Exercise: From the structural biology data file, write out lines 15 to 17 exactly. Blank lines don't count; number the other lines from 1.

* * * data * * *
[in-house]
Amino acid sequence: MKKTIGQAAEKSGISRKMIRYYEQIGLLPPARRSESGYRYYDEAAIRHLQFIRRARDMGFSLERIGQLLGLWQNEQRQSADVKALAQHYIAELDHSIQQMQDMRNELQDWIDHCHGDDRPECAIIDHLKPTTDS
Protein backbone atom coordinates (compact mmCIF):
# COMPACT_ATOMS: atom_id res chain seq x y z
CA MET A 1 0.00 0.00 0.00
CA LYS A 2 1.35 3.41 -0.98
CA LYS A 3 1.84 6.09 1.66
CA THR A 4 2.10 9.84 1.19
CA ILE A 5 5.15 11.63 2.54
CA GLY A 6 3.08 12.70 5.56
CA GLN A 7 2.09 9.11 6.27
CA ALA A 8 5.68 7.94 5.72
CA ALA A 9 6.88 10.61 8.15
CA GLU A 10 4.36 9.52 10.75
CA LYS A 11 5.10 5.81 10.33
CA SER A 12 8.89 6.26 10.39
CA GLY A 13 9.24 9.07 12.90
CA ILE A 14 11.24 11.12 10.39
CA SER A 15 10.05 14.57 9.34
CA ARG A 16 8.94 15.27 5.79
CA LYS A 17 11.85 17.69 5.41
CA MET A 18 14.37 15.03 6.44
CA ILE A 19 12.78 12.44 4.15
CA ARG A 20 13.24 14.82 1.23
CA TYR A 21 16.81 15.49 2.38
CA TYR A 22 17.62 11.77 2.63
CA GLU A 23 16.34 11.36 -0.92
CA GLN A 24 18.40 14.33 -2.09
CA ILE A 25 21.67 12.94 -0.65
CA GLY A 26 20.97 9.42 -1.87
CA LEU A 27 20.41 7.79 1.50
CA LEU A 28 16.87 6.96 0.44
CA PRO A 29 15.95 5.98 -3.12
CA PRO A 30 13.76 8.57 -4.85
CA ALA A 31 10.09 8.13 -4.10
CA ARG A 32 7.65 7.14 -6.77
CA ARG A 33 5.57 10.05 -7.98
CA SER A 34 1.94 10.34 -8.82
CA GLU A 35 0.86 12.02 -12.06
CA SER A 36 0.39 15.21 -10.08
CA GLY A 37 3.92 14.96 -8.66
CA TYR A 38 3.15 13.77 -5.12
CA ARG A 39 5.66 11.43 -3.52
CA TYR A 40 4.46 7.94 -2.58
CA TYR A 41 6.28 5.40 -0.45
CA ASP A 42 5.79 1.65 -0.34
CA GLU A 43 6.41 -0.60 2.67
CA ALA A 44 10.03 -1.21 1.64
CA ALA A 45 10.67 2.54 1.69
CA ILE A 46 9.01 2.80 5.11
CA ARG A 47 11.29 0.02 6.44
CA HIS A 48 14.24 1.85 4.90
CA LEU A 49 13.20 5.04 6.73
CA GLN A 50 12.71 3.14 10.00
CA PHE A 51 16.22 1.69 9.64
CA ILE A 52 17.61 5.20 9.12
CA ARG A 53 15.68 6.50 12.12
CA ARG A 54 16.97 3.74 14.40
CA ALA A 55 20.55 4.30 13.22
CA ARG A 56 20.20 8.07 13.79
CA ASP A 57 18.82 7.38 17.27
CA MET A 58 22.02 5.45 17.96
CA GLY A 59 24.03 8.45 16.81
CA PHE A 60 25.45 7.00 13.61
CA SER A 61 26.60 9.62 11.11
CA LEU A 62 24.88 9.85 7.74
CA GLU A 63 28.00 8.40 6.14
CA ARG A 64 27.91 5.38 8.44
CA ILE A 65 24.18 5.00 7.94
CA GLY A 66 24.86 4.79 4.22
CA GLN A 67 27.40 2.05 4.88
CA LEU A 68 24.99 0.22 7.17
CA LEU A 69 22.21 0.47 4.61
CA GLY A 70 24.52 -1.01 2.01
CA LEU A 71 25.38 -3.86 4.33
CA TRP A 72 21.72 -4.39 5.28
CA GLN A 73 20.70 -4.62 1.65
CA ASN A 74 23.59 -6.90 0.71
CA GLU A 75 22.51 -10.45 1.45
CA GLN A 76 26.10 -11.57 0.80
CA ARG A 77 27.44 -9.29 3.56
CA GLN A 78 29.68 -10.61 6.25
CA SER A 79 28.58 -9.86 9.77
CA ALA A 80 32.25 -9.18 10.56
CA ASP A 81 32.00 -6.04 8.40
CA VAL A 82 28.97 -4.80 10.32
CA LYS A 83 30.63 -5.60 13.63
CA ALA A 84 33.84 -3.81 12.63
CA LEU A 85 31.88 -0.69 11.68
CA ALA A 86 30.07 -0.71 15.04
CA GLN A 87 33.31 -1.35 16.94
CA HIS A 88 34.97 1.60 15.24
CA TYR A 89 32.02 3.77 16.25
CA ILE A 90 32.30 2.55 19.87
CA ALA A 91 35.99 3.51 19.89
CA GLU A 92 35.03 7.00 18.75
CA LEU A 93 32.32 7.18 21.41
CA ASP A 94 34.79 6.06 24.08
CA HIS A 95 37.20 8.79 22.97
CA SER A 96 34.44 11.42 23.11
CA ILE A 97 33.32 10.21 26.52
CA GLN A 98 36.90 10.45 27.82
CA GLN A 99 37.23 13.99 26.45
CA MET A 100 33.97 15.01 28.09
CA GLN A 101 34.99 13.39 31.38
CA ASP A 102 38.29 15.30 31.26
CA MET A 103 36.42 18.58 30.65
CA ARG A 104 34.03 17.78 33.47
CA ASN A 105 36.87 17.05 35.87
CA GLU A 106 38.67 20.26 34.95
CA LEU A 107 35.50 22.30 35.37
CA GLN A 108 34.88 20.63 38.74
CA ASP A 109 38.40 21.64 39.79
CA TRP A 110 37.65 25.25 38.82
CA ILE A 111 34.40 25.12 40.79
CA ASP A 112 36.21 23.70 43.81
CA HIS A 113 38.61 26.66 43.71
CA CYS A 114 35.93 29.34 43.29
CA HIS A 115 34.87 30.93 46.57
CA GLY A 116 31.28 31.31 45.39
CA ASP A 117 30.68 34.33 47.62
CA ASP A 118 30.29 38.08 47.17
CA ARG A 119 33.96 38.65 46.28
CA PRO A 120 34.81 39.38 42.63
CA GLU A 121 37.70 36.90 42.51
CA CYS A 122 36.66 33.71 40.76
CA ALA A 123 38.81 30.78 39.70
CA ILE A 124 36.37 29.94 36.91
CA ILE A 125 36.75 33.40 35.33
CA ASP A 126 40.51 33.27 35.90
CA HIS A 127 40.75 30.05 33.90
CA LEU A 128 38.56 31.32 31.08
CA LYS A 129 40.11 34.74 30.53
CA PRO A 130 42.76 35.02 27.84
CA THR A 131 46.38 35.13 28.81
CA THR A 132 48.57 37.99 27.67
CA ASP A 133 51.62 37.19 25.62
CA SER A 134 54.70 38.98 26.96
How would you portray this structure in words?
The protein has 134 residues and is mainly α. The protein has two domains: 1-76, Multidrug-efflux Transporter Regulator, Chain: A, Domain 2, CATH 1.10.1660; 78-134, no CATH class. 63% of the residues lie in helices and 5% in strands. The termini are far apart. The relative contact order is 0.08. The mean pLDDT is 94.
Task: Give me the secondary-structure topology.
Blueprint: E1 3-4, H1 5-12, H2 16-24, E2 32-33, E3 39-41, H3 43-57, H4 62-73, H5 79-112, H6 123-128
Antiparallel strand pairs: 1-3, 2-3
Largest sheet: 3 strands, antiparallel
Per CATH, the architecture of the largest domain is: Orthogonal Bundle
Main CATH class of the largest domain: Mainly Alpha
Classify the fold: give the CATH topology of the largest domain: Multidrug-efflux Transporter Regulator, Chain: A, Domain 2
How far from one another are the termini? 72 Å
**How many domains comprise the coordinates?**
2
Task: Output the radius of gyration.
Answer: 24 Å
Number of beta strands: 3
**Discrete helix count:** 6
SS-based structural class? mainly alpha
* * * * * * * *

CA LYS A 11 5.10 5.81 10.33
CA SER A 12 8.89 6.26 10.39
CA GLY A 13 9.24 9.07 12.90